Friday, 13 August 2010
Is a 'Muslim' Name Necessary for Converts?
بِسۡمِ ٱللهِ ٱلرَّحۡمَـٰنِ ٱلرَّحِيمِ
Any name that has a good meaning is a Muslim name. However, for various reasons, it is encouraged to have definitive, identifiable Muslim name. It is preferable for the convert to not replace his name but to add an alias. For legal reasons, having an entirely new name might necessitate the changing of a lot of documents which is expensive and a hassle. Also, become a Muslim does not mean abandoning your heritage. You are changing your faith, not your culture or your ethnicity. It is highly encouraged to keep the family name for genealogical reasons.
Having a recognisable Muslim name helps in instances such as the claiming of a body for a Muslim burial for Muslims who are without Muslim family or spouse. It may also facilitate entry to Makkah for the hajj. A good Muslim name is also a supplication for the person. Therefore choosing a good name is important. It should not be something that is rushed.
Instances where name must be changed would be any name that is disparaging or insulting. Even an Arabic name that denotes negative attributes or misfortune should be changed. Any names that are from the Times of Ignorance, that denote divinity or servanthood to anything other than God, such as ‘Abd ul-Ka’bah (Male Slave of the Ka’bah), or Hubal (ancient Arab deity), Ganesh (Hindu deity) or names that might cause confusion such as ‘Christian’ are inappropriate for a Muslim.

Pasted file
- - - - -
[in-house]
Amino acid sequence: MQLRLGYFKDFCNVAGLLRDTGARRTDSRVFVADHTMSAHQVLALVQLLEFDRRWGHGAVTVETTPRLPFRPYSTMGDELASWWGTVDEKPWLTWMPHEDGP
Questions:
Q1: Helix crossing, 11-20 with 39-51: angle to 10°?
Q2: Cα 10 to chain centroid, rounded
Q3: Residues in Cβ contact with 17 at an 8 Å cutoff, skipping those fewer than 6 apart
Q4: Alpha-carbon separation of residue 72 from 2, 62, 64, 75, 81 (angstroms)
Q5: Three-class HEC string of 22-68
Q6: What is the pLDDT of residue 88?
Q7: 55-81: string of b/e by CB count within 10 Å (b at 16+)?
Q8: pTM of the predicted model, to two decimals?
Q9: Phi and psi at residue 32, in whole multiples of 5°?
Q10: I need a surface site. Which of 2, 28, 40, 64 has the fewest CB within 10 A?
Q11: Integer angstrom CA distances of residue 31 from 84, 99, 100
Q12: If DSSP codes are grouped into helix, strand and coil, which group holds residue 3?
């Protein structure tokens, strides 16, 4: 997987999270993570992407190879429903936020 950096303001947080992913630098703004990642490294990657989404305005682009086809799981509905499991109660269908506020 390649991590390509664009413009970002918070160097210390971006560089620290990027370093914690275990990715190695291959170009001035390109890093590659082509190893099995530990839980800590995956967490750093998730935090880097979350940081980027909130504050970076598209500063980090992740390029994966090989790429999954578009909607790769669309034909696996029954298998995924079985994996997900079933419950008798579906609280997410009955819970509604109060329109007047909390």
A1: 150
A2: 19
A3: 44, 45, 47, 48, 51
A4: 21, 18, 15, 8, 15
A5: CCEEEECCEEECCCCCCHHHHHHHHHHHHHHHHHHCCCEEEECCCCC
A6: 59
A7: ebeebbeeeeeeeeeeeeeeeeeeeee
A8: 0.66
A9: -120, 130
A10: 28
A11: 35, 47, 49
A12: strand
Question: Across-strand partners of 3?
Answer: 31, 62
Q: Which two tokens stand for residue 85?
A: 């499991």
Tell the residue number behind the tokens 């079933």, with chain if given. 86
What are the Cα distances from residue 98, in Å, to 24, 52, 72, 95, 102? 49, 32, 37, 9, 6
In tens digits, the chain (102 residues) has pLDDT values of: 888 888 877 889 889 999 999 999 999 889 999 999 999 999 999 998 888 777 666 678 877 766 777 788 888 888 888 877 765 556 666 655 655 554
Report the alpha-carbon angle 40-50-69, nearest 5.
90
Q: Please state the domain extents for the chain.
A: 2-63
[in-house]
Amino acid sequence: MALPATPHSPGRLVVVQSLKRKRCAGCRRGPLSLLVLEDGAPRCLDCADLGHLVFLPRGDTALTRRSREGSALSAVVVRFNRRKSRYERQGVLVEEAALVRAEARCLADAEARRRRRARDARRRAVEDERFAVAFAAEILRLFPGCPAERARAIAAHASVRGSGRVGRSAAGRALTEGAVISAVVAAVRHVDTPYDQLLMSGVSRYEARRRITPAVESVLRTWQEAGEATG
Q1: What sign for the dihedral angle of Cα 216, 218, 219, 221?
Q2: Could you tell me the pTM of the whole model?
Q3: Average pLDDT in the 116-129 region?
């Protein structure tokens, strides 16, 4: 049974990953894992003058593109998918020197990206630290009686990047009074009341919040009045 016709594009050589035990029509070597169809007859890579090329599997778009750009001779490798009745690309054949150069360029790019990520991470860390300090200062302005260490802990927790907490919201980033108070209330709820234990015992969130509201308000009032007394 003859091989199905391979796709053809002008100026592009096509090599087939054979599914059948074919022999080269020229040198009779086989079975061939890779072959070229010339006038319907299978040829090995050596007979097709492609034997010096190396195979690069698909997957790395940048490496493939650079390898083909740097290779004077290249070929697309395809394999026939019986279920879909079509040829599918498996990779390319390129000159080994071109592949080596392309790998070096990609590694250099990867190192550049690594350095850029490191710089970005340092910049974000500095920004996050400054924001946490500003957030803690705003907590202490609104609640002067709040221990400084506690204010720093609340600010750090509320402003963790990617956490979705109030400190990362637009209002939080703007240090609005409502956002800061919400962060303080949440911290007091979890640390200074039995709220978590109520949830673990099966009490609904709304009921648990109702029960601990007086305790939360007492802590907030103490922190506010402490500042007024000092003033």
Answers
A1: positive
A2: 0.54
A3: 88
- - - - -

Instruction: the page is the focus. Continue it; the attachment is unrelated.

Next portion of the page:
In the etiquette for someone choosing a Muslim name, it is important that the name is grammatically correct and complete. An example of an incomplete name is ‘Saiful’ which means ‘the Sword of.’ Perhaps it could be ‘Sayf ad-Din,’ ‘the Sword of Faith’ or ‘Sayf ar-Rahman,’ ‘the Sword of the Infinitely Merciful.’ The name should also reflect characteristics that suit the person. It is not advisable to name a timid person ‘Amir’, (Leader), for example.
Names that reflect great personages are preferred (Muhammad, Abu Bakr), followed by names that reflect servanthood to God (‘Abd ur-Rahman, ‘Abd ul-Malik) followed by names that reflect character and pleasant or divine things (Jamal, Nur ul-Jannah).
There was a habit in this part of the world for converts to have the ‘bin ‘Abd Allah’ which means ‘the son of the Slave of Allah,’ as part of the name or ‘binte ‘Abdullah’ for the women which means ‘the daughter of the Slave of Allah.’ This is not preferable. In Islam, we are not allowed to throw our heritage aside and that includes family names without good reason. In the same vein that in the Qur’an, the Prophet (s.a.w.) was not allowed to rename his adopted son Zayd as ‘ibn Muhammad.’ Whilst it is commendable to have the name, ‘Abdullah, the ‘bin’or ‘binte; means that the father is named ‘Abd Allah’ and that is not true. Also, this is very hurtful to the families of those who convert.